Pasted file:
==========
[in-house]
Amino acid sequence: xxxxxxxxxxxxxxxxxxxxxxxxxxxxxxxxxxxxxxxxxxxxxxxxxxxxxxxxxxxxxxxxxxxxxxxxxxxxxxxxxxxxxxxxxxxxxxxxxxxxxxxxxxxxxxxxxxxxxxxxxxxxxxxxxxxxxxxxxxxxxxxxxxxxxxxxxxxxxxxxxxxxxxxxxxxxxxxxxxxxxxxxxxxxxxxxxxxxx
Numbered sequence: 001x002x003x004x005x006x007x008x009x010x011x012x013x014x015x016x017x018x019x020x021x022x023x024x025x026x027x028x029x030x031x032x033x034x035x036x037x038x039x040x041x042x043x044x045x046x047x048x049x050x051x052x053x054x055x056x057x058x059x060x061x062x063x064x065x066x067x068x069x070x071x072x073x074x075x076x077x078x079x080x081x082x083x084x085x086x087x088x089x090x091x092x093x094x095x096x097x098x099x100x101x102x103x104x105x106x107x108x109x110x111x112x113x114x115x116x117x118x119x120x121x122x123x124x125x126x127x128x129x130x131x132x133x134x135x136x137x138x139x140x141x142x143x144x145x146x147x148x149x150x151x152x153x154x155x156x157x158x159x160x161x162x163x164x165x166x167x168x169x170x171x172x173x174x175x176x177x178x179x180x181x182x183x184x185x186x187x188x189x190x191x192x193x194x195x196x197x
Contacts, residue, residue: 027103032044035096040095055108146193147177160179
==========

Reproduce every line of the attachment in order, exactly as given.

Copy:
[in-house]
Amino acid sequence: xxxxxxxxxxxxxxxxxxxxxxxxxxxxxxxxxxxxxxxxxxxxxxxxxxxxxxxxxxxxxxxxxxxxxxxxxxxxxxxxxxxxxxxxxxxxxxxxxxxxxxxxxxxxxxxxxxxxxxxxxxxxxxxxxxxxxxxxxxxxxxxxxxxxxxxxxxxxxxxxxxxxxxxxxxxxxxxxxxxxxxxxxxxxxxxxxxxxx
Numbered sequence: 001x002x003x004x005x006x007x008x009x010x011x012x013x014x015x016x017x018x019x020x021x022x023x024x025x026x027x028x029x030x031x032x033x034x035x036x037x038x039x040x041x042x043x044x045x046x047x048x049x050x051x052x053x054x055x056x057x058x059x060x061x062x063x064x065x066x067x068x069x070x071x072x073x074x075x076x077x078x079x080x081x082x083x084x085x086x087x088x089x090x091x092x093x094x095x096x097x098x099x100x101x102x103x104x105x106x107x108x109x110x111x112x113x114x115x116x117x118x119x120x121x122x123x124x125x126x127x128x129x130x131x132x133x134x135x136x137x138x139x140x141x142x143x144x145x146x147x148x149x150x151x152x153x154x155x156x157x158x159x160x161x162x163x164x165x166x167x168x169x170x171x172x173x174x175x176x177x178x179x180x181x182x183x184x185x186x187x188x189x190x191x192x193x194x195x196x197x
Contacts, residue, residue: 027103032044035096040095055108146193147177160179